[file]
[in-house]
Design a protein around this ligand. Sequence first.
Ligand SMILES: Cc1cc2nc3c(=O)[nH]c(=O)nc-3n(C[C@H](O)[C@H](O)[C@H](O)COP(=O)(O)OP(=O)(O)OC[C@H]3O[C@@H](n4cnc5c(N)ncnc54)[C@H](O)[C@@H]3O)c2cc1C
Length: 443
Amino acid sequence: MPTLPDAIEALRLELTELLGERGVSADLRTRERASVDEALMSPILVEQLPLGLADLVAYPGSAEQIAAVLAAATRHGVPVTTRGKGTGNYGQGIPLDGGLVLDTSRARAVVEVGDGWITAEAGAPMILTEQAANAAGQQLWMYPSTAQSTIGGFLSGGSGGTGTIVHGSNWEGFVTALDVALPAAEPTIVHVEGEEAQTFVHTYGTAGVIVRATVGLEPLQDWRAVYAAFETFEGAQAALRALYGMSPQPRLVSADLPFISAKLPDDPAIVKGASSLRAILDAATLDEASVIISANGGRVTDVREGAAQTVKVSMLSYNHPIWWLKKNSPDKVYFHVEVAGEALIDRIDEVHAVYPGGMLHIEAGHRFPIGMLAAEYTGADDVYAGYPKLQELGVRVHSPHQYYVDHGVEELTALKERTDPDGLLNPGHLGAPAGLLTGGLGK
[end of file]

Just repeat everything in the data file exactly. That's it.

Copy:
[in-house]
Design a protein around this ligand. Sequence first.
Ligand SMILES: Cc1cc2nc3c(=O)[nH]c(=O)nc-3n(C[C@H](O)[C@H](O)[C@H](O)COP(=O)(O)OP(=O)(O)OC[C@H]3O[C@@H](n4cnc5c(N)ncnc54)[C@H](O)[C@@H]3O)c2cc1C
Length: 443
Amino acid sequence: MPTLPDAIEALRLELTELLGERGVSADLRTRERASVDEALMSPILVEQLPLGLADLVAYPGSAEQIAAVLAAATRHGVPVTTRGKGTGNYGQGIPLDGGLVLDTSRARAVVEVGDGWITAEAGAPMILTEQAANAAGQQLWMYPSTAQSTIGGFLSGGSGGTGTIVHGSNWEGFVTALDVALPAAEPTIVHVEGEEAQTFVHTYGTAGVIVRATVGLEPLQDWRAVYAAFETFEGAQAALRALYGMSPQPRLVSADLPFISAKLPDDPAIVKGASSLRAILDAATLDEASVIISANGGRVTDVREGAAQTVKVSMLSYNHPIWWLKKNSPDKVYFHVEVAGEALIDRIDEVHAVYPGGMLHIEAGHRFPIGMLAAEYTGADDVYAGYPKLQELGVRVHSPHQYYVDHGVEELTALKERTDPDGLLNPGHLGAPAGLLTGGLGK